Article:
When kids at school breach their ethical and moral code of conduct, who’s in charge of correcting them and guiding them?
Creating a great classroom means asking the tough questions. Are you doing enough to fight sexual harassment? Are you making enough efforts to battle with a society that’s driven by sexist comments? Are you teaching your kids not to make gender-based assumptions?
The onus of such upliftments in the society not only lies on teachers but on parents too. It’s a collective responsibility to teach kids the difference between what is right and what’s not.
Recently, a young girl at school became the victim of sexual harassment and bullying by one of her batchmates. The guy kept on snapping her bra-strap despite being asked not to. In her defence, the girl punched him twice in the face.
When the school authorities summoned the girl’s mom, it was surprisingly not because the girl acted against the harassment, but because of the physical assault on her classmate.
However, her mom’s savage reply put everyone back in their right places. Here’s what happened.
“I’m an Emergency Room nurse and we’re not allowed to have our phones on us; they’re to be kept in our lockers. A call comes into hospital reception on a private line for me.
Phone: “This is [Teacher] from [School]. There’s been an incident involving [Daughter]. We need you to come in.”
Me: “Is she ill or injured? Can it wait until my shift is over in two hours?”
Phone: “[Daughter] has struck another student. We’ve been trying to call you for 45 minutes. It really is very serious.”
I go to the school and am ushered into the Principal’s office. I see my daughter, her advisor, a male teacher, the principal, a boy with blood around his nose and a red face, and his parents.
Principal: “Mrs. [My Name], how kind of you to FINALLY join us!”
Me: “Yeah, things get busy in the ER. I’ve spent the last hour administering over 40 stitches to a seven-year-old who was beaten by his mother with a metal ladle and then I had to deal with the police regarding the matter. Sorry for the inconvenience.”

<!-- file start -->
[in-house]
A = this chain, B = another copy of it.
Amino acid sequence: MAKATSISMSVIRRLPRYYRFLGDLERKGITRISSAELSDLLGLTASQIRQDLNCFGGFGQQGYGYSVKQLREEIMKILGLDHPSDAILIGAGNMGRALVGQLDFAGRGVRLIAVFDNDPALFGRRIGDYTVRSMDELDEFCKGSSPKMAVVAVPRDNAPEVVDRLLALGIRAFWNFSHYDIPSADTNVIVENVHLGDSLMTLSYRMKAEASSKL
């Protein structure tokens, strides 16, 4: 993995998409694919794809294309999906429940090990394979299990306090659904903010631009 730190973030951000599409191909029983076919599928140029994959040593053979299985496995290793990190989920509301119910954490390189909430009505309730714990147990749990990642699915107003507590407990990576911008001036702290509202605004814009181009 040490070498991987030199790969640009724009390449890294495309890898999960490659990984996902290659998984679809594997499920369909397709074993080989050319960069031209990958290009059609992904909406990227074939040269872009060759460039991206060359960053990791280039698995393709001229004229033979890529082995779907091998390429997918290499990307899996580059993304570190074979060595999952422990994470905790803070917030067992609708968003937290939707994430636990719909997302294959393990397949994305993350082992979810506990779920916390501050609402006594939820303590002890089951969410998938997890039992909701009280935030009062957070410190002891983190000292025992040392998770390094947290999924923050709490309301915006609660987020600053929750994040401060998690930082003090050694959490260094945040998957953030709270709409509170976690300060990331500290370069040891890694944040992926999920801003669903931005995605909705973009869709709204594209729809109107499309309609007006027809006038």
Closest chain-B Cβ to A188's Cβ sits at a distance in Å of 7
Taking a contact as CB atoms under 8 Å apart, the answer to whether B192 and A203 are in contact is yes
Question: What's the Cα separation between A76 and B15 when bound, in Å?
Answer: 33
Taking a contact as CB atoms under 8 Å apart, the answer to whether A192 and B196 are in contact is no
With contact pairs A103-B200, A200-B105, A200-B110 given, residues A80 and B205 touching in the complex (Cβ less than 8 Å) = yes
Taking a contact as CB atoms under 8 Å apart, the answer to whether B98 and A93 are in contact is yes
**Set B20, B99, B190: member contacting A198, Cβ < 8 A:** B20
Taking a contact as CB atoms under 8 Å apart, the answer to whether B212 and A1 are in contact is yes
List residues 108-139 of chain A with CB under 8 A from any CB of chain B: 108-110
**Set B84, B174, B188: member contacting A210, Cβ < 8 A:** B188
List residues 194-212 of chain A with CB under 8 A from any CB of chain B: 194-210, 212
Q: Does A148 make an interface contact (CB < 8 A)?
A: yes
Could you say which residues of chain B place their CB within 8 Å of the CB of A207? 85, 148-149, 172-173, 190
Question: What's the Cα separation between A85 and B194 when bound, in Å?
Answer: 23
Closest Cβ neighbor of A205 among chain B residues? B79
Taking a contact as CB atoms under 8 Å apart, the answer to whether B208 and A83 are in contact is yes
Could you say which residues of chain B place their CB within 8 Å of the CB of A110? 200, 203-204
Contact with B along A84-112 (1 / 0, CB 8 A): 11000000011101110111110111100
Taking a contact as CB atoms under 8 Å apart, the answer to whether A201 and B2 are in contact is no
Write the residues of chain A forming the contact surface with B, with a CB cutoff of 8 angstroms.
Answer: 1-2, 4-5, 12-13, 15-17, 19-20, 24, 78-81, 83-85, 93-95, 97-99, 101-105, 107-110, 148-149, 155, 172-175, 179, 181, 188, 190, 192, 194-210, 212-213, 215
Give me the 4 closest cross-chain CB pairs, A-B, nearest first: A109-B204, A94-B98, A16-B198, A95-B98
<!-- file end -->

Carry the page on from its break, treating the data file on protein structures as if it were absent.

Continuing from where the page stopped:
(After watching him try to not act embarrassed, he tells me what has happened. The boy had snapped my daughter’s bra and she had punched him in the face… twice. I got the impression they were more angry with my daughter than the boy.)
Me: “Oh. And you want to know if I’m going to press charges against him for sexually assaulting my daughter and against the school for allowing him to do it?”
(They all get jittery when I mention sexual assault and start speaking at once.)
Teacher: “I don’t think it was that serious.”
Advisor: “Let’s not over-react.”
Principal: “I think you’re missing the point.”
(The boy’s mother then starts crying. I turn to my daughter to find out what happened.)
Daughter: “He kept snapping my bra. I asked him to stop but he didn’t, so I told Mr. [Teacher]. He told me to ‘ignore it.’ [Boy] did it again and undid my bra so I hit him. Then he stopped.”
(I turn to the teacher.)
Me: “You let him do this? Why didn’t you stop him? Come over here and let me touch the front of your trousers.”
Teacher: “What?! No!”
Me: “Does that seem inappropriate to you? Why don’t you go and pull on Mrs. [Advisor]’s bra right now. See how fun it is for her. Or on that boy’s mother’s bra. Or mine. You think just because they’re kids it’s fun?”
Principal: “Mrs. [My Name]. With all due respect, [Daughter] still beat another child.”
Me: “No. She defended herself against a sexual attack from another pupil. Look at them; he’s nearly 6 feet and 160 pounds. She’s 5 feet and 84 pounds. He’s a foot taller than her and twice as heavy. How many times should she have let him touch her? If the person who was supposed to help and protect her in a classroom couldn’t be bothered, what should she have done? He pulled her bra so hard it came undone.”
(The boy’s mom is still crying and his dad looks both angry and embarrassed. The teacher won’t make eye contact with me. I look at the principal.)
Me: “I’m taking her home. I think the boy has learned his lesson. And I hope nothing like this ever happens again, not only to [Daughter] but to any other girl at this school. You wouldn’t let him do it to a member of staff so what makes you think he can do it to a girl of 15 is beyond me. I will be reporting this to the school administrators. And if you—” *turning to the boy* “—EVER touch my daughter again I WILL have you arrested for sexual assault. Do you understand me?”
I was so angry, I gathered my daughter’s things and left. I reported it to the School Board, several of whom I know, and was assured it would be strongly dealt with.
My daughter was put into a different class for that subject, away from the teacher and the boy.”
To roll back the advance of harassment at school, a collective effort from teachers and parents is needed. The outcomes of fitting guidance at school will nurture a better tomorrow.